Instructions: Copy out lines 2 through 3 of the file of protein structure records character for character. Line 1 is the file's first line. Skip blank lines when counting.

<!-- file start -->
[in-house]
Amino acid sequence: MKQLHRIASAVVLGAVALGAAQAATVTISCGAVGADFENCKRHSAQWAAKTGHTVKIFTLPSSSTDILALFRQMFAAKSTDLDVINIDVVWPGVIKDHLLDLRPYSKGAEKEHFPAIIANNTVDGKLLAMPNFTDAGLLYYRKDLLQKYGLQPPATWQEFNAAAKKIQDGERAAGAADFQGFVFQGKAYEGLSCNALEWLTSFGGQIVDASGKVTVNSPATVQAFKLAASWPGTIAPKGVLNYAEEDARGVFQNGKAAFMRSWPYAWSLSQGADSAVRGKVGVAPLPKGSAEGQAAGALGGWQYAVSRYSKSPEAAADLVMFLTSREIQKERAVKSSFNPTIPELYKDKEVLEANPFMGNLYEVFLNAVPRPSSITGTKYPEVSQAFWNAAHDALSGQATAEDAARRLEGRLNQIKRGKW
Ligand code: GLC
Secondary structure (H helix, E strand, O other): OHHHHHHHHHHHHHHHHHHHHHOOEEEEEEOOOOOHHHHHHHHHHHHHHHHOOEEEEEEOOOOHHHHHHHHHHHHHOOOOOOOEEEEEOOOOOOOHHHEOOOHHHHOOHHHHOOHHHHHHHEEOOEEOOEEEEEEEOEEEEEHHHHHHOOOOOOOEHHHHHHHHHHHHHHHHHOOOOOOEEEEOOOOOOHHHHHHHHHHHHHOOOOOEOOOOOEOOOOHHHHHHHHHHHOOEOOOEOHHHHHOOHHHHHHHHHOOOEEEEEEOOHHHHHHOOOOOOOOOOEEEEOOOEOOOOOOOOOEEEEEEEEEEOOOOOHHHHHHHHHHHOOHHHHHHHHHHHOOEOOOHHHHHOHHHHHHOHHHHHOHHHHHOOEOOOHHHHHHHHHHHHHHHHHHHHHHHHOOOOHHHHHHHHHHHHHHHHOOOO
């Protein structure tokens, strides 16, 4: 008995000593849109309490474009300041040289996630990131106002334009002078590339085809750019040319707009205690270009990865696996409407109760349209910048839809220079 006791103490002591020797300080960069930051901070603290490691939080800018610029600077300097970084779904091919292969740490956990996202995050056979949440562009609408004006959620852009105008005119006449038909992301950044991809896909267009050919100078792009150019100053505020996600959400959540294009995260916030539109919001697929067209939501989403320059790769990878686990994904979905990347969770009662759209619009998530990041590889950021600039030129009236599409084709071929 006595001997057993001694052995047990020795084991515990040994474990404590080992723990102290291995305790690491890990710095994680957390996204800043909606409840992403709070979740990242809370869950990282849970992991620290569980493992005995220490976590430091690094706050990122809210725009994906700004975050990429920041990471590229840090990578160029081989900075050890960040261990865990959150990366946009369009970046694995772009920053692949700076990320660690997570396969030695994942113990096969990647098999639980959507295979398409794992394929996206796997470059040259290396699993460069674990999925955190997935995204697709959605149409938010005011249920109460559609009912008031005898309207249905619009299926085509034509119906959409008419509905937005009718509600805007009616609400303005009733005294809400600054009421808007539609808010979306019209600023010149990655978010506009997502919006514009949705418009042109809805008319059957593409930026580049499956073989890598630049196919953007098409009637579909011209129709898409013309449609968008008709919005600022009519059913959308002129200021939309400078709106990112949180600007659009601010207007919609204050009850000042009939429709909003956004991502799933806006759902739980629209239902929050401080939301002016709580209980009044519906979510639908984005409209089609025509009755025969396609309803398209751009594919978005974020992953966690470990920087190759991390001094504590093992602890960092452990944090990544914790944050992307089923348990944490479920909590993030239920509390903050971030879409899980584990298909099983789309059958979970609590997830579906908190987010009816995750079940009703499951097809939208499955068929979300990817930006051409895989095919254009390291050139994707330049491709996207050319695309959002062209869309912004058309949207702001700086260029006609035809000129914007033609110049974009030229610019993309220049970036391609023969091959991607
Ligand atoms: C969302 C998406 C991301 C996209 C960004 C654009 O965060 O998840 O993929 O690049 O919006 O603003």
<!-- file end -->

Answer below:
Amino acid sequence: MKQLHRIASAVVLGAVALGAAQAATVTISCGAVGADFENCKRHSAQWAAKTGHTVKIFTLPSSSTDILALFRQMFAAKSTDLDVINIDVVWPGVIKDHLLDLRPYSKGAEKEHFPAIIANNTVDGKLLAMPNFTDAGLLYYRKDLLQKYGLQPPATWQEFNAAAKKIQDGERAAGAADFQGFVFQGKAYEGLSCNALEWLTSFGGQIVDASGKVTVNSPATVQAFKLAASWPGTIAPKGVLNYAEEDARGVFQNGKAAFMRSWPYAWSLSQGADSAVRGKVGVAPLPKGSAEGQAAGALGGWQYAVSRYSKSPEAAADLVMFLTSREIQKERAVKSSFNPTIPELYKDKEVLEANPFMGNLYEVFLNAVPRPSSITGTKYPEVSQAFWNAAHDALSGQATAEDAARRLEGRLNQIKRGKW
Ligand code: GLC